It takes a bit of time to roast garlic, but the prep time is fairly minimal. The oven does the rest. Give it a try. Follow these step-by-step instructions, and in 40-45 minutes, you’ll have an entire head of melty, delicious roasted garlic to use however you want.
Posole is a type of corn soaked in powdered lime and water. Hominy is often used in its stead, as traditional posole is not generally commercially available. Hominy is softer and milder than true posole, but is perfectly acceptable in this dish. Many people prepare posole stew with pork. Other common ingredients include cabbage, radishes, beans, and squash. I make posole the way my dad taught me—with large chunks of chicken, plenty of green chiles, and some jalapenos to spice it up. I also use a can of fire roasted diced tomatoes to add some color to the dish, though my dad has taken that element out of his recipe. He’s also started buying packages of Bueno frozen green chiles, one mild and one hot, instead of canned. As I live in the Pacific Northwest, I’m stuck with canned, and even those (because I buy 28 oz. cans) have to be purchased in the Southwest and hauled back to Washington state. I buy Hatch, which come from southern New Mexico, a region and town well-known for its green chiles and annual festival. But any canned green chiles will do. I’ve never made posole with fresh green chiles because it would take far too many, and I refuse to roast, de-seed, and chop for hours on end! Feel free to try it, however. The only thing I insist, is that you cut the chicken into LARGE chunks!! It’s not the same with small cubes of meat floating around!
Note: If you don’t like your food spicy, omit the jalapenos, or use a smaller amount. (more…)
This isn’t a very wintery drink, but when the sun peeked after a wind and rain storm last week, I was inspired to look forward to spring. Yeah, I know, it isn’t even technically winter yet, but a girl can dream, can’t she? So, here’s to a little looking forward to spring cheer. Sit yourself in front of a sunny window, ignore the snow, cold temperatures, dormant garden, and whatever other unpleasantries winter brings to your part, and pretend the baby birds are chirping, the bulbs are in full bloom, and new shoots of grass are green and vibrant in the warm sun.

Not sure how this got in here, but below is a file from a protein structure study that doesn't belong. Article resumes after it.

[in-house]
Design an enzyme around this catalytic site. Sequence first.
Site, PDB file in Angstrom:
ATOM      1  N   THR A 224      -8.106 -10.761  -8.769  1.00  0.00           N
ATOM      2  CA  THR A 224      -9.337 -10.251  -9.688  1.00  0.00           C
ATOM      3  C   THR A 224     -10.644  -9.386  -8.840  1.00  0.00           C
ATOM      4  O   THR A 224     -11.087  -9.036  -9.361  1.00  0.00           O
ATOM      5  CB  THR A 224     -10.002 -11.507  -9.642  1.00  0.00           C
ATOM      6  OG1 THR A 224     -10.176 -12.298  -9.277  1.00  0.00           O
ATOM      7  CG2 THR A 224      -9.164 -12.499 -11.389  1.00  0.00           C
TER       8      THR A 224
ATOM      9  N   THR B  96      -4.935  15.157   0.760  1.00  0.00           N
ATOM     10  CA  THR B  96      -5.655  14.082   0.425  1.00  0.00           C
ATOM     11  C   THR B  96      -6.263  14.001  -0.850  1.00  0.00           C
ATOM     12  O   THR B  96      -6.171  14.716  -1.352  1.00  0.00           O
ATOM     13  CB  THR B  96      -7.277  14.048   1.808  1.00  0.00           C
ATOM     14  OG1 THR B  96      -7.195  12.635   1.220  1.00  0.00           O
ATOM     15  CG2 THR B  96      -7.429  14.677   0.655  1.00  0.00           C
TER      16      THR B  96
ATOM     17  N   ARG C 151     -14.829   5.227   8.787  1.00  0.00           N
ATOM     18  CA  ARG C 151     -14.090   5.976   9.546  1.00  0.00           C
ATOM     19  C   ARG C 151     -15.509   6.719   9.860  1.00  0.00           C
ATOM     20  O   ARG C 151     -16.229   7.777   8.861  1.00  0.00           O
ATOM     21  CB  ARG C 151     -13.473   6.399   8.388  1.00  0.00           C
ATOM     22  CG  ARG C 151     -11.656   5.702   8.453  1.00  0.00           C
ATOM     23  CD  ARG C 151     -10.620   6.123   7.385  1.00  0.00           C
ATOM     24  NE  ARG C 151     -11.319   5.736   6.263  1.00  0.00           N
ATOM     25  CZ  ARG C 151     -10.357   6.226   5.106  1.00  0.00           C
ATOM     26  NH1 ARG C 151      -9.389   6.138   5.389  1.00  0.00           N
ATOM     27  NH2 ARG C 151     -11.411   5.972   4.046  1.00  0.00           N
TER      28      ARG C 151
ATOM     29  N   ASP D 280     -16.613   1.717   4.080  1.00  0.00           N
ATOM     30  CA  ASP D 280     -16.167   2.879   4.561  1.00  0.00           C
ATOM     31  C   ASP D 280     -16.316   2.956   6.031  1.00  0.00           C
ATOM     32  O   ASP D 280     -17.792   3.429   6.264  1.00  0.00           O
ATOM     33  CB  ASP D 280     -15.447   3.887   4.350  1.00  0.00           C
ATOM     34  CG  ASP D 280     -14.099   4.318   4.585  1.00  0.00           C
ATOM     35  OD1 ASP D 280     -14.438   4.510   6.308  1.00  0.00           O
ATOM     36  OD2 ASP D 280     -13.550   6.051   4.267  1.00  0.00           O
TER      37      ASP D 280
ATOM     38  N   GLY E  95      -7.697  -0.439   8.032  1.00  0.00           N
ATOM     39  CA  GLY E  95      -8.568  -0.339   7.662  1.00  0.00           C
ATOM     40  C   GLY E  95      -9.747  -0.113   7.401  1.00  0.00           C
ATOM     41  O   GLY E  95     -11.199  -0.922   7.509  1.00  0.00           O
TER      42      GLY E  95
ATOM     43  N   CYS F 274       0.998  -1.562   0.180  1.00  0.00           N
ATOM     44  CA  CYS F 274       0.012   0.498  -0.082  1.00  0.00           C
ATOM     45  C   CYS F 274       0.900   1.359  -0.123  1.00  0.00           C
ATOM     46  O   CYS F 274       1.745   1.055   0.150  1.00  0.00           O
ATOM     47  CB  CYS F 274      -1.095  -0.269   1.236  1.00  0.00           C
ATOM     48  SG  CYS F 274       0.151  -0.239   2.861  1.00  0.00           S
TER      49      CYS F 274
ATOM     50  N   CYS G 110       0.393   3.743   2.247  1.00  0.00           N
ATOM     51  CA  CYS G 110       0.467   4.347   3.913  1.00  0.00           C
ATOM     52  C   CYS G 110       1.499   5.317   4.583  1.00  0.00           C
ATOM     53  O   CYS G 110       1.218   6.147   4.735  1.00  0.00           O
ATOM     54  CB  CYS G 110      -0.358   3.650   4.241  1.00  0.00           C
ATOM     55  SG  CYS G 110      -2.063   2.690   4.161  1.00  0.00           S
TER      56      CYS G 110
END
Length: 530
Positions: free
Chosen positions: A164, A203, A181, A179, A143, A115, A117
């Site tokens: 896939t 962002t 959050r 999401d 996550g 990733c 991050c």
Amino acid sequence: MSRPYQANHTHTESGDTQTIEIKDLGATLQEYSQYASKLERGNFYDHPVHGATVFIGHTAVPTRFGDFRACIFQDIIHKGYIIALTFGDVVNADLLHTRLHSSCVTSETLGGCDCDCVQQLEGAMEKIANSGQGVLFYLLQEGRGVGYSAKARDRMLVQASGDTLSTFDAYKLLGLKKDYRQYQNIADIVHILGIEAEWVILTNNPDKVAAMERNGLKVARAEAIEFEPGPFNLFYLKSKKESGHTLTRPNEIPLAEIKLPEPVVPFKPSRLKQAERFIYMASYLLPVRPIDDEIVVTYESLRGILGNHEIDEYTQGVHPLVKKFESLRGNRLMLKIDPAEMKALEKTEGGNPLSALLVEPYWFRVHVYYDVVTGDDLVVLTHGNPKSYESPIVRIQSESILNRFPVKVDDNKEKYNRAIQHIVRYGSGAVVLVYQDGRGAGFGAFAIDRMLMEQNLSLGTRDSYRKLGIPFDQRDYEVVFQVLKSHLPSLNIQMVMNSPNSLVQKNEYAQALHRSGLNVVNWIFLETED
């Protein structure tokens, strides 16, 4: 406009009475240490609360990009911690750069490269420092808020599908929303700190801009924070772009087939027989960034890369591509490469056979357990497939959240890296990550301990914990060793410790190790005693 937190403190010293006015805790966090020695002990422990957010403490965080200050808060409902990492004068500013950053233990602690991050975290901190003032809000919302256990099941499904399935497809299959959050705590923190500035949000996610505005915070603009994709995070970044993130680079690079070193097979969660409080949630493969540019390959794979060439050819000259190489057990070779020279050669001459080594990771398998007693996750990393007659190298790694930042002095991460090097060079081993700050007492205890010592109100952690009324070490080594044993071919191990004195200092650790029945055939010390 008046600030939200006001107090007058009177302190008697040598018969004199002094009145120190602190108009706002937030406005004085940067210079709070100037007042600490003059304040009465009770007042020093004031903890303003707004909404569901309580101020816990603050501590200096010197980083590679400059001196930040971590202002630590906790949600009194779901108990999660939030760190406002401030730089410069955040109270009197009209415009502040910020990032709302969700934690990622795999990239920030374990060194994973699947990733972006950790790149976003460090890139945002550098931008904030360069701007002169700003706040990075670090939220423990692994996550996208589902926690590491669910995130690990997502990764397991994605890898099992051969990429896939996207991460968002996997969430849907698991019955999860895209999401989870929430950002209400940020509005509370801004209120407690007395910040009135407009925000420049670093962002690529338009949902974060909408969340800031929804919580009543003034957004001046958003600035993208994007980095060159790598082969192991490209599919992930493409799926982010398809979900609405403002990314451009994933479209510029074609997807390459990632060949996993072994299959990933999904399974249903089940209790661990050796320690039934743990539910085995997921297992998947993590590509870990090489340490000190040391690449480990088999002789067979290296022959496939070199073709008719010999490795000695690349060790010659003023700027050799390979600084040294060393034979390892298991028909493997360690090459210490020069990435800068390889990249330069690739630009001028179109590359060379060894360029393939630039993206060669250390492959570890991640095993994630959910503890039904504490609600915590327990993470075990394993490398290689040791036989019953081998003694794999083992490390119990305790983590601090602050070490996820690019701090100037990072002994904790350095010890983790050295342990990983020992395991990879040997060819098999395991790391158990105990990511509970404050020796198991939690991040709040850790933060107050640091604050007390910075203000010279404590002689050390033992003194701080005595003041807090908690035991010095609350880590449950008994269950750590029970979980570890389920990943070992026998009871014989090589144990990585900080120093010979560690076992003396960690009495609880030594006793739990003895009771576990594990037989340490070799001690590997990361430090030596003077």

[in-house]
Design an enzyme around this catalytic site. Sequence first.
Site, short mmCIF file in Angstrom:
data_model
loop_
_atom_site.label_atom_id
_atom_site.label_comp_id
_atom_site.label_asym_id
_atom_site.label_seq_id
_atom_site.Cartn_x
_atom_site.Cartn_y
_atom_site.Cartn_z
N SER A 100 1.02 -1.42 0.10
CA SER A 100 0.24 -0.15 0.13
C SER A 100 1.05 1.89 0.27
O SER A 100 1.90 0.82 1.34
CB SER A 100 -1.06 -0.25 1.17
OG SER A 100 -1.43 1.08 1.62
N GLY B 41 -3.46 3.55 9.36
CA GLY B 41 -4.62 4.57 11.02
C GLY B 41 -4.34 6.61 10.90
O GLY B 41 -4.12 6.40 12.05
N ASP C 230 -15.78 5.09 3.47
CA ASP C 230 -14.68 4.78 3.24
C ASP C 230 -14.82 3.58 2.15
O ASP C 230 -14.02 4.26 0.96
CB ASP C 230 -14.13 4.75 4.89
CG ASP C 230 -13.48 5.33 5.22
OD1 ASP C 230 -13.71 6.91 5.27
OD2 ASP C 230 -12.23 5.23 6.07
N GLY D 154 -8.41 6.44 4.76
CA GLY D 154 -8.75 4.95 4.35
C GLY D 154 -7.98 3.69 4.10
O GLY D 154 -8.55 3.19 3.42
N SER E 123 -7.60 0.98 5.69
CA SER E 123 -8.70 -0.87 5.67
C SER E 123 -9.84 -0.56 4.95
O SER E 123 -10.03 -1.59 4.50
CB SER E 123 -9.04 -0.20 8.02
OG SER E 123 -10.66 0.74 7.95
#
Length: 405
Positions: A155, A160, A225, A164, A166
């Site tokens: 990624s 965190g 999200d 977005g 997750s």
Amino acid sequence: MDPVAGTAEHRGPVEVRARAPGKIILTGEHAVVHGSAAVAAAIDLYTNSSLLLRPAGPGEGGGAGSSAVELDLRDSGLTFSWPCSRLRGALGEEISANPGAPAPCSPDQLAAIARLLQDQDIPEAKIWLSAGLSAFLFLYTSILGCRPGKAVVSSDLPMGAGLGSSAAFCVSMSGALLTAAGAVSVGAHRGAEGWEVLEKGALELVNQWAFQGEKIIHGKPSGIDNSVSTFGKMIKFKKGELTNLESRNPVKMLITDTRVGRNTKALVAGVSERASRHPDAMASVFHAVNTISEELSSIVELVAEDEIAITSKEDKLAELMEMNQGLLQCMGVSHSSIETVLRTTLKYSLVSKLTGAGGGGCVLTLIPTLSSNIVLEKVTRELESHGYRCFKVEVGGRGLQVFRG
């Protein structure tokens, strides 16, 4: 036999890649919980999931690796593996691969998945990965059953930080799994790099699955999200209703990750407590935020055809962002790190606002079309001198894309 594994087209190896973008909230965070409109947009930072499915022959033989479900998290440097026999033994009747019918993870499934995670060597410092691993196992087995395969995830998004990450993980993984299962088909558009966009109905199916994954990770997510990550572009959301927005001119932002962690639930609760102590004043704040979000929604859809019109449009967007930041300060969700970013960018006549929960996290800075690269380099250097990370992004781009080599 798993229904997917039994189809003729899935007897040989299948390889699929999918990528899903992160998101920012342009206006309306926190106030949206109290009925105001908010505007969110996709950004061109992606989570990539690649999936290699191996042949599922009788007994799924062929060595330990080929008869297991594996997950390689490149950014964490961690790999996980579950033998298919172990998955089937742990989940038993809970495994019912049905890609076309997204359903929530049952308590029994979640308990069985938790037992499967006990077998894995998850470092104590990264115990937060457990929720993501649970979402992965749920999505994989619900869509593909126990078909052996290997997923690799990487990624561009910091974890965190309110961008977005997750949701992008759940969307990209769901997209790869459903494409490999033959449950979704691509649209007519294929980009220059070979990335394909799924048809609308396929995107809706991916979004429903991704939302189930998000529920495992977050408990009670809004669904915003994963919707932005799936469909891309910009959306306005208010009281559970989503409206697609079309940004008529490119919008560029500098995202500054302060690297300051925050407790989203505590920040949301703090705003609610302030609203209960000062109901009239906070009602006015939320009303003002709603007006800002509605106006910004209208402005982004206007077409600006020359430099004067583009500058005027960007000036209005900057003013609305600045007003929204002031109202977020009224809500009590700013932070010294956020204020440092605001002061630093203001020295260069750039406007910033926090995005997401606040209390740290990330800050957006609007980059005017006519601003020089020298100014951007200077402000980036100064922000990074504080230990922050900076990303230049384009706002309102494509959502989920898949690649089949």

Note: I’ve made this drink without alcohol, but if you want to spike it, I suggest using Vodka, as it doesn’t impart a lot of flavor. Mix in 2-3 ounces, depending on how big of a glass you’re using. (more…)
We used to have the best pizza joint EVER. I say “used to” because they closed sometime last month. The family that originally owned the place, sold it to a very nice young couple last year, and at first my husband and I were hesitant to try it, but the new owners assured everyone that though they’d changed the names of the pizzas, the recipes were the same. So, we went down there and had our usual pepperoni and fresh garlic pie. Sure enough, it tasted like the same great recipe, and while we were undergoing our kitchen remodel, we spent one night a week down there eating pizza and drinking beer. We quickly became regulars. The owners knew our names. They gave us free bread sticks while we waited. Then, we started spending more time in Colorado, bought a house there, and started hoarding our money so we could eventually move. It’d been several months since we’d visited the pizza shop, and a few weeks ago, when we stopped by, a For Sale sign was in the window. We tried another joint down the street, but it wasn’t the same. It wasn’t even close. So, I set out to make my own Pepperoni and Fresh Garlic Pizza that tasted similar to the recipe used by our favorite departed pizza place. I’m still working on it, but this recipe is close.
I call this “Farmhouse Salad” because I used an aged Farmhouse White Cheddar Cheese to make the cheese sticks that top the dish. Also, I think the word “farmhouse” somehow conjures a feeling of coziness and comfort, and this salad definitely lives up to that. The warm, gooey cheese sticks, sautéed apples, toasted pecans, and honey mustard vinaigrette are comfy, homey foods for those cool fall and winter days.
I made this salad as a light main dish. If you need a more substantial dinner with plenty of protein, however, it would make a great side salad. Pair it with roasted chicken or pork tenderloin, perhaps a loaf of country bread on the side, and you’d have a great, full meal. (more…)